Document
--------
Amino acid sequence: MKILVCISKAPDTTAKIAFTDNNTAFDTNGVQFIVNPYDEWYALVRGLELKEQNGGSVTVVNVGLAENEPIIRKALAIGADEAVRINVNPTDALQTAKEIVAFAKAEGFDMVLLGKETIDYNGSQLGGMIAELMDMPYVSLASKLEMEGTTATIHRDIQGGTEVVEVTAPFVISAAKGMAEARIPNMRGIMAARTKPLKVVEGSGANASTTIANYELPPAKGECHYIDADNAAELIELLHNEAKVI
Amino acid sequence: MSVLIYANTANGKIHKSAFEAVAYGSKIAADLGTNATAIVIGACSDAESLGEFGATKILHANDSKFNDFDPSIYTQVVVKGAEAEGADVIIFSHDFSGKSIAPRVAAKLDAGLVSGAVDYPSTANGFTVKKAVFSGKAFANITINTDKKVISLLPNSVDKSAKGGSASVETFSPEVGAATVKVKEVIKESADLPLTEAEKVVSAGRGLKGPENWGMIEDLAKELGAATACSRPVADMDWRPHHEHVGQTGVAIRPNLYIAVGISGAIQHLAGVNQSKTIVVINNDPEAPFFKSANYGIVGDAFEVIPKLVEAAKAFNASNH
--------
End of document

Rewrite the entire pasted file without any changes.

Amino acid sequence: MKILVCISKAPDTTAKIAFTDNNTAFDTNGVQFIVNPYDEWYALVRGLELKEQNGGSVTVVNVGLAENEPIIRKALAIGADEAVRINVNPTDALQTAKEIVAFAKAEGFDMVLLGKETIDYNGSQLGGMIAELMDMPYVSLASKLEMEGTTATIHRDIQGGTEVVEVTAPFVISAAKGMAEARIPNMRGIMAARTKPLKVVEGSGANASTTIANYELPPAKGECHYIDADNAAELIELLHNEAKVI
Amino acid sequence: MSVLIYANTANGKIHKSAFEAVAYGSKIAADLGTNATAIVIGACSDAESLGEFGATKILHANDSKFNDFDPSIYTQVVVKGAEAEGADVIIFSHDFSGKSIAPRVAAKLDAGLVSGAVDYPSTANGFTVKKAVFSGKAFANITINTDKKVISLLPNSVDKSAKGGSASVETFSPEVGAATVKVKEVIKESADLPLTEAEKVVSAGRGLKGPENWGMIEDLAKELGAATACSRPVADMDWRPHHEHVGQTGVAIRPNLYIAVGISGAIQHLAGVNQSKTIVVINNDPEAPFFKSANYGIVGDAFEVIPKLVEAAKAFNASNH